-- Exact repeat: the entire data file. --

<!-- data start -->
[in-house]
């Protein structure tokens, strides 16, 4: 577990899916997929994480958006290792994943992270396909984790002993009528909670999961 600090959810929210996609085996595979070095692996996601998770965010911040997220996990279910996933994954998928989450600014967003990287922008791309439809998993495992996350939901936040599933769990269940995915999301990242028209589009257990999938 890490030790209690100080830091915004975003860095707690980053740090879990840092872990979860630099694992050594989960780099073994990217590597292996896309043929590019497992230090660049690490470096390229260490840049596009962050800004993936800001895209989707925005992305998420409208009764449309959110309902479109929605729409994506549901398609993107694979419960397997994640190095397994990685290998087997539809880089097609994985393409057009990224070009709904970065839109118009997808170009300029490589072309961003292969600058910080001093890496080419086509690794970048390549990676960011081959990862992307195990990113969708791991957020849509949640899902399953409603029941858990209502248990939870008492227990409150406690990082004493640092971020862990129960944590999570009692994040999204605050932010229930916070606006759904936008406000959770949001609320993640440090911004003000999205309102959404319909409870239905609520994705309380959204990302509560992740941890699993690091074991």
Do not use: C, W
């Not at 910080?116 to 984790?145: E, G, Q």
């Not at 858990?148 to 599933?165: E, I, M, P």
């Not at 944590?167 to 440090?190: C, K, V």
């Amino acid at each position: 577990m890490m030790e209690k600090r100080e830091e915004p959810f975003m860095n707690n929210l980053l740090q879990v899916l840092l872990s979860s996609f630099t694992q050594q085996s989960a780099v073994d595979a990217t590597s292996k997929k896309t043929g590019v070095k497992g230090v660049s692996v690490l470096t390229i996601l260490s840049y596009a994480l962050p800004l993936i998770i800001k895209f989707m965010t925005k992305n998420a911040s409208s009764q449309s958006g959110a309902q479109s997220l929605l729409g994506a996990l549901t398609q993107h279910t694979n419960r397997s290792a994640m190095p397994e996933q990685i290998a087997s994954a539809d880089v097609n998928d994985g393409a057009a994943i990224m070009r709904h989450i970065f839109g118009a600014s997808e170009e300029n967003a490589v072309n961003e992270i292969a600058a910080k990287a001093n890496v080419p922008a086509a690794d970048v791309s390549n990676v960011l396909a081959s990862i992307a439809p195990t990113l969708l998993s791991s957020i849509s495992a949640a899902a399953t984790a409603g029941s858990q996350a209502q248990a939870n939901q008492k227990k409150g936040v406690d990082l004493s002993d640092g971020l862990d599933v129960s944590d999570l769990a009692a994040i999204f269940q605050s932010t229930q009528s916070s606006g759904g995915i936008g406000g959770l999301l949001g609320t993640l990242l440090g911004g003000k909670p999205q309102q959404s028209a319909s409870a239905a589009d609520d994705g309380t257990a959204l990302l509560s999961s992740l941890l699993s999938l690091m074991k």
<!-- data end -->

[in-house]
């Protein structure tokens, strides 16, 4: 577990899916997929994480958006290792994943992270396909984790002993009528909670999961 600090959810929210996609085996595979070095692996996601998770965010911040997220996990279910996933994954998928989450600014967003990287922008791309439809998993495992996350939901936040599933769990269940995915999301990242028209589009257990999938 890490030790209690100080830091915004975003860095707690980053740090879990840092872990979860630099694992050594989960780099073994990217590597292996896309043929590019497992230090660049690490470096390229260490840049596009962050800004993936800001895209989707925005992305998420409208009764449309959110309902479109929605729409994506549901398609993107694979419960397997994640190095397994990685290998087997539809880089097609994985393409057009990224070009709904970065839109118009997808170009300029490589072309961003292969600058910080001093890496080419086509690794970048390549990676960011081959990862992307195990990113969708791991957020849509949640899902399953409603029941858990209502248990939870008492227990409150406690990082004493640092971020862990129960944590999570009692994040999204605050932010229930916070606006759904936008406000959770949001609320993640440090911004003000999205309102959404319909409870239905609520994705309380959204990302509560992740941890699993690091074991």
Do not use: C, W
């Not at 910080?116 to 984790?145: E, G, Q």
């Not at 858990?148 to 599933?165: E, I, M, P």
């Not at 944590?167 to 440090?190: C, K, V």
């Amino acid at each position: 577990m890490m030790e209690k600090r100080e830091e915004p959810f975003m860095n707690n929210l980053l740090q879990v899916l840092l872990s979860s996609f630099t694992q050594q085996s989960a780099v073994d595979a990217t590597s292996k997929k896309t043929g590019v070095k497992g230090v660049s692996v690490l470096t390229i996601l260490s840049y596009a994480l962050p800004l993936i998770i800001k895209f989707m965010t925005k992305n998420a911040s409208s009764q449309s958006g959110a309902q479109s997220l929605l729409g994506a996990l549901t398609q993107h279910t694979n419960r397997s290792a994640m190095p397994e996933q990685i290998a087997s994954a539809d880089v097609n998928d994985g393409a057009a994943i990224m070009r709904h989450i970065f839109g118009a600014s997808e170009e300029n967003a490589v072309n961003e992270i292969a600058a910080k990287a001093n890496v080419p922008a086509a690794d970048v791309s390549n990676v960011l396909a081959s990862i992307a439809p195990t990113l969708l998993s791991s957020i849509s495992a949640a899902a399953t984790a409603g029941s858990q996350a209502q248990a939870n939901q008492k227990k409150g936040v406690d990082l004493s002993d640092g971020l862990d599933v129960s944590d999570l769990a009692a994040i999204f269940q605050s932010t229930q009528s916070s606006g759904g995915i936008g406000g959770l999301l949001g609320t993640l990242l440090g911004g003000k909670p999205q309102q959404s028209a319909s409870a239905a589009d609520d994705g309380t257990a959204l990302l509560s999961s992740l941890l699993s999938l690091m074991k």